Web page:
There are Sociopaths scattered across the organisation, but due to its rapid growth, most have yet to reach upper management, and are effectively Sociopaths-in-waiting. Fortunately, there a number of truly positive-sum individuals who manage to be strategic (at least somewhat), team-players, and dedicated all in one. Their strategic efforts are aimed at projects that reduce technical debt, open up new areas of interesting work, and enhance the team itself. They don't always succeed, but it's clear that they're trying, and that they're not interested in playing politics like the Sociopaths are. It is largely due to these people that I'm still here.
And, it is because of these people that I think O'Church is right, and that Technocrats do exist. Which is lucky for me because otherwise I'd have to call myself a Sociopath, and I like to think I'm not quite that mercenary. If my trajectory looks like that of a Sociopath, I claim it's only because I haven't succeeded yet. I would love to be in a situation where I'm making my own life better at the same time as the corporation lots of money and a better place to be. I believe the best place for me to do this is in a guild culture, but in the absence of them in my field, in this city, at this point of time, I'm pretty happy in an organisation that's at least trying to be one.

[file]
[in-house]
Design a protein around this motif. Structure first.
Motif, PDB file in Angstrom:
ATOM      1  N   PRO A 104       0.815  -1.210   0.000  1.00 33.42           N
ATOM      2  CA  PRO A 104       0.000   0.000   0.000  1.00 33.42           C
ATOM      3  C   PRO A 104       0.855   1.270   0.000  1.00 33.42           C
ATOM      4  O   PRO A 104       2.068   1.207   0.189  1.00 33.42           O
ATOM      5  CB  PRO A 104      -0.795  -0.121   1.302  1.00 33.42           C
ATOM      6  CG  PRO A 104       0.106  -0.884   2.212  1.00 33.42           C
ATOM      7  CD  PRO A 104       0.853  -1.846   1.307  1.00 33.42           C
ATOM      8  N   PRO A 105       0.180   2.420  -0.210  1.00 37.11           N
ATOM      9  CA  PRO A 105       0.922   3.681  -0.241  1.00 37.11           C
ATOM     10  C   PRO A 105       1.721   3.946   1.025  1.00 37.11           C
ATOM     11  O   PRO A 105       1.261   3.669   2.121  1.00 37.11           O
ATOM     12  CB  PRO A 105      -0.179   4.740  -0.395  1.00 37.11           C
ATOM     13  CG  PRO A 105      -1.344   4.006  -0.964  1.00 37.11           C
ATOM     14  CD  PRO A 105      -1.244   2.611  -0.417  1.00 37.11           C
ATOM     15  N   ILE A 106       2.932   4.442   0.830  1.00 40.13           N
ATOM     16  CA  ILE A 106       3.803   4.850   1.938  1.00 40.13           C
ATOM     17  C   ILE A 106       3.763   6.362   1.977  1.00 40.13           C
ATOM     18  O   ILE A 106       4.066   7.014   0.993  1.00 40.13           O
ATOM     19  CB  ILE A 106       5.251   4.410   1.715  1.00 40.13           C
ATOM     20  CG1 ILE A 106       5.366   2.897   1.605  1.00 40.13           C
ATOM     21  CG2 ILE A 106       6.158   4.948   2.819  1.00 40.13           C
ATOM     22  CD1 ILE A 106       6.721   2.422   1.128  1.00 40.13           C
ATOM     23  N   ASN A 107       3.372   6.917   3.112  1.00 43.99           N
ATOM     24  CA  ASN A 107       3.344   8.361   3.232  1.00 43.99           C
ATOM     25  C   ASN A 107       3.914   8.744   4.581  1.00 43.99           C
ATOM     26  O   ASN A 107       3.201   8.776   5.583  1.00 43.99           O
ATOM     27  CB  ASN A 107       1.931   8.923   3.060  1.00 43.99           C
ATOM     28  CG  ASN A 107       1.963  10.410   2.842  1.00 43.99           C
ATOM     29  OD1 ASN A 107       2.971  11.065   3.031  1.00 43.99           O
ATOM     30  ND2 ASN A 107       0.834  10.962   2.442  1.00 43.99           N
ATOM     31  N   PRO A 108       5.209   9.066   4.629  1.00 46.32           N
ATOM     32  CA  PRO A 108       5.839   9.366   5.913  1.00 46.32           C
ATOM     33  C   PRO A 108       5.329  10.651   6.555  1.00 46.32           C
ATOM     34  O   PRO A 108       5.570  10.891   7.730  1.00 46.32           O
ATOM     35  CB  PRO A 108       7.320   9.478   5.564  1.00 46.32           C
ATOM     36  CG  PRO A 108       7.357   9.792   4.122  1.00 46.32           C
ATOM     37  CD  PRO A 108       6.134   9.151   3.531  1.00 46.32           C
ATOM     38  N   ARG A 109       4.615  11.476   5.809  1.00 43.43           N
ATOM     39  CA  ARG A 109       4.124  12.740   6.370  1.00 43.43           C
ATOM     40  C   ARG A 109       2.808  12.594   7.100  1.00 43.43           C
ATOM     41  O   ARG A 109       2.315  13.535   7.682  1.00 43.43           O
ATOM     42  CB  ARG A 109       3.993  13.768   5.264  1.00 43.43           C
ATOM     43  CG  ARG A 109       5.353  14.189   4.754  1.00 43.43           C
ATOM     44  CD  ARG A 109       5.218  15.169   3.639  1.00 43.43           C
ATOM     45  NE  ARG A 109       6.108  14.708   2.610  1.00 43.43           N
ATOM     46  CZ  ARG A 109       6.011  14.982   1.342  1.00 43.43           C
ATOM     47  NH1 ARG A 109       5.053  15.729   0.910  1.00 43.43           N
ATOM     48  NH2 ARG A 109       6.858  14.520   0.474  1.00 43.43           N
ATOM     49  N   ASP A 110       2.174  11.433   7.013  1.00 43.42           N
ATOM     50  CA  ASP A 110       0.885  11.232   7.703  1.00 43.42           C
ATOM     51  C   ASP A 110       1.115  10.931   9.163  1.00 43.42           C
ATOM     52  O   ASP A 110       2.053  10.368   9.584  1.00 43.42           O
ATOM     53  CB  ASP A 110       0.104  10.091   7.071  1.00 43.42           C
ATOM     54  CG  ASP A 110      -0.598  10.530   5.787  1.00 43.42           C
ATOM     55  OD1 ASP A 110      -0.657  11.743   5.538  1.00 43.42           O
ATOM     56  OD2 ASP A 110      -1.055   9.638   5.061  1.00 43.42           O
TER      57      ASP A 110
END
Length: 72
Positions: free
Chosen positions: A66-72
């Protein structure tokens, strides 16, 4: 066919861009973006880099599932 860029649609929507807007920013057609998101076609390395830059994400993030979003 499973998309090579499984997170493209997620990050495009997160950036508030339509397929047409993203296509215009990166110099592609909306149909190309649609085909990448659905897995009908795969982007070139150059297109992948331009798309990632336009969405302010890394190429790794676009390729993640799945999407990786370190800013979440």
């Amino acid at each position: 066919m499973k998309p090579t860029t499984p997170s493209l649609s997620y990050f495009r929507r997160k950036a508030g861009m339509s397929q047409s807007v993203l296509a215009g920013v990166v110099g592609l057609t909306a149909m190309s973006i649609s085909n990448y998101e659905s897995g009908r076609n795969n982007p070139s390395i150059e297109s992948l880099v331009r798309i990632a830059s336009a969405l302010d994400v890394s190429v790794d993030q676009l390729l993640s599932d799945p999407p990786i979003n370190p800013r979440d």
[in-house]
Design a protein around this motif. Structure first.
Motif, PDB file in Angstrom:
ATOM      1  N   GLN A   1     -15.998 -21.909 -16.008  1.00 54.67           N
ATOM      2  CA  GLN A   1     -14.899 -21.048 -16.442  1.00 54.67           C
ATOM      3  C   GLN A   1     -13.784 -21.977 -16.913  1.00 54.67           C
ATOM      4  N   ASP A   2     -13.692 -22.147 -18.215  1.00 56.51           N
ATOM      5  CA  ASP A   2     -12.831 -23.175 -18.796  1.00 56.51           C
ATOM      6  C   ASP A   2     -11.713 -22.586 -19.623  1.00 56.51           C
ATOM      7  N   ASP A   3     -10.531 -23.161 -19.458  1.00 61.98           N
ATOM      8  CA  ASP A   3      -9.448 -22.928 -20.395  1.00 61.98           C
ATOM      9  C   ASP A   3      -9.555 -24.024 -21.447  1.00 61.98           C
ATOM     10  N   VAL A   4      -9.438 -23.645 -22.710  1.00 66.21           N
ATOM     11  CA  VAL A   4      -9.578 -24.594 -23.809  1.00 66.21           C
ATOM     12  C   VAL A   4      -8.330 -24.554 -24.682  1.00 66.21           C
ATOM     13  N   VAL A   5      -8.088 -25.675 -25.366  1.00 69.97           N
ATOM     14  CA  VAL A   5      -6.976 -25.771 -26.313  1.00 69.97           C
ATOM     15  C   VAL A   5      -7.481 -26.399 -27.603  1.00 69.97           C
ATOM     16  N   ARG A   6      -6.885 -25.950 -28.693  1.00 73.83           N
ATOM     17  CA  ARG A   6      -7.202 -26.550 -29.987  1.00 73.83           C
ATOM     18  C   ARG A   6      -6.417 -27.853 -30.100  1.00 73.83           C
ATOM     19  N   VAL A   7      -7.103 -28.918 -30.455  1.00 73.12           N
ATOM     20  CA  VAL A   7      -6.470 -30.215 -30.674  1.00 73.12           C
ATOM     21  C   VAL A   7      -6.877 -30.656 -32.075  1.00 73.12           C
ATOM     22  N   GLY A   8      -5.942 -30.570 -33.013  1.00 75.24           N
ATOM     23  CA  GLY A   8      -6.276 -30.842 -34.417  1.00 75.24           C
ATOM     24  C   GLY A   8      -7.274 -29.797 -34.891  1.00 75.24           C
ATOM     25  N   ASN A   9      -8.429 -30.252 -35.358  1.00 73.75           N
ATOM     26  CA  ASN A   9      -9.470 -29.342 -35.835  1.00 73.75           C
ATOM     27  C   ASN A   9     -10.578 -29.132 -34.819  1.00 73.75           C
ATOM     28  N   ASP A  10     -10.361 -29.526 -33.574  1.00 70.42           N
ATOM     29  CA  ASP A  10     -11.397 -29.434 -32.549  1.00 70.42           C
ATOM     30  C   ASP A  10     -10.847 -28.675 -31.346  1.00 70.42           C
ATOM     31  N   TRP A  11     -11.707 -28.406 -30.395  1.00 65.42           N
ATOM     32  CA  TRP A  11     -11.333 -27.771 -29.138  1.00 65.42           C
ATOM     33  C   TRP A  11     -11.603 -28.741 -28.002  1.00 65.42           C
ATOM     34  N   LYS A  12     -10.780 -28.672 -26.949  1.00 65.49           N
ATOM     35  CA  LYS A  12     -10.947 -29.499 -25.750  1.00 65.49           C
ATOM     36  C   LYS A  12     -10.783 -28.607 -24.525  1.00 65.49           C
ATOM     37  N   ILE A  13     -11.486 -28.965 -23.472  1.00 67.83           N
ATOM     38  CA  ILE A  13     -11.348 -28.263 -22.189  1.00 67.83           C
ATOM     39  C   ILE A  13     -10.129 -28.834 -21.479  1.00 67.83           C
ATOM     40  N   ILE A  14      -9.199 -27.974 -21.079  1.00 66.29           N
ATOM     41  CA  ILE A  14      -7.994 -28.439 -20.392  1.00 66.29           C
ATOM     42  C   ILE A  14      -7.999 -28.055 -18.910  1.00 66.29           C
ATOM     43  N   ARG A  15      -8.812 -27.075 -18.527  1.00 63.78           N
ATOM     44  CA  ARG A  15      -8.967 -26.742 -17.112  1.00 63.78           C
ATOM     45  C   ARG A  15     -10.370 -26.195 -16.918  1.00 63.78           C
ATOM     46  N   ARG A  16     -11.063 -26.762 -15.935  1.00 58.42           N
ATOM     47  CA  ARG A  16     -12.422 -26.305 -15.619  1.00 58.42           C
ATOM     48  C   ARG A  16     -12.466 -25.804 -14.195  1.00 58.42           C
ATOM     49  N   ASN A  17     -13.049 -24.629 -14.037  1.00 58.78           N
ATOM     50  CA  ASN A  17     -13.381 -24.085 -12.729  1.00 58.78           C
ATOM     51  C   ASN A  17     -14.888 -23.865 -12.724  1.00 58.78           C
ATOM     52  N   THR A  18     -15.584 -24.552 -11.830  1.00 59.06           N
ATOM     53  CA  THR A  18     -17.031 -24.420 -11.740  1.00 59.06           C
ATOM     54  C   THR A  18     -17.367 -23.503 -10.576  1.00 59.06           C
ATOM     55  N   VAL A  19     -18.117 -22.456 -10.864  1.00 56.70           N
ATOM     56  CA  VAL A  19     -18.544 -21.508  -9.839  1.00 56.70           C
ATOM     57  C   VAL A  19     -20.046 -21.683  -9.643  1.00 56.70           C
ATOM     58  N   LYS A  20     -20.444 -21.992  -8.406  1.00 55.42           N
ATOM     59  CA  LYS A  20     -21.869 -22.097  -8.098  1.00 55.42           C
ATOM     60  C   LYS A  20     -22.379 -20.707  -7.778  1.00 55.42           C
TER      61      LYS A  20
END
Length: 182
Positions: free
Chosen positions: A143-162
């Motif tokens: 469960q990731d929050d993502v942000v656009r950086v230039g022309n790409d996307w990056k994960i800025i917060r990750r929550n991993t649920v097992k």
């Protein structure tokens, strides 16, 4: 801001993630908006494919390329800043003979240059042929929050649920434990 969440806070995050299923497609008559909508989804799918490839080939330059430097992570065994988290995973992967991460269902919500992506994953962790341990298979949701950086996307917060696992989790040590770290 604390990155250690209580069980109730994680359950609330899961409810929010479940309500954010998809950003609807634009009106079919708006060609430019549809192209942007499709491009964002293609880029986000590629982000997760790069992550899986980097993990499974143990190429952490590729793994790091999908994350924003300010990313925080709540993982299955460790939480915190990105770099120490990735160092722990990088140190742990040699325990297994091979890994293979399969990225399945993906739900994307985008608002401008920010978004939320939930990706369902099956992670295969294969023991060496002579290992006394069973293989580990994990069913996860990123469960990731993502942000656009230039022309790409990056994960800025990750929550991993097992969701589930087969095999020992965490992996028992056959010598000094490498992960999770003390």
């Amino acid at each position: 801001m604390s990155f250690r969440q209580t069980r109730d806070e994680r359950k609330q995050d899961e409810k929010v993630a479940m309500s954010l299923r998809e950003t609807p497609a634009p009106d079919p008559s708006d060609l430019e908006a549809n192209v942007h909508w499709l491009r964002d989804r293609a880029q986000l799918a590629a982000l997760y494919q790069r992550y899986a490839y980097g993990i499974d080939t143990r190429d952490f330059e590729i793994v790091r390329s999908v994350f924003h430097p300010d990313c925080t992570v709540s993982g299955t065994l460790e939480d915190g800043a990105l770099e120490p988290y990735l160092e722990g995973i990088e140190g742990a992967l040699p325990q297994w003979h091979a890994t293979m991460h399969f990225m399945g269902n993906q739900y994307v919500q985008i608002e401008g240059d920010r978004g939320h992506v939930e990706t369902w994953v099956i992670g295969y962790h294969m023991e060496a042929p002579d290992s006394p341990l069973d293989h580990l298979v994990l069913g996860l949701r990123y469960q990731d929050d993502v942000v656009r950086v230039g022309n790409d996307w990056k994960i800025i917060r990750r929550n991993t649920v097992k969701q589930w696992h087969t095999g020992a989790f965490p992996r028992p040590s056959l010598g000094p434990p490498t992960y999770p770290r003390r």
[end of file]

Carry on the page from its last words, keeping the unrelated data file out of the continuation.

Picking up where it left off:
So after a long and roundabout trip, I can now declare that I am actually a Technocrat. Relax. I'm not going to kill you after all.
This blog is very seldom updated. Having kids will do that.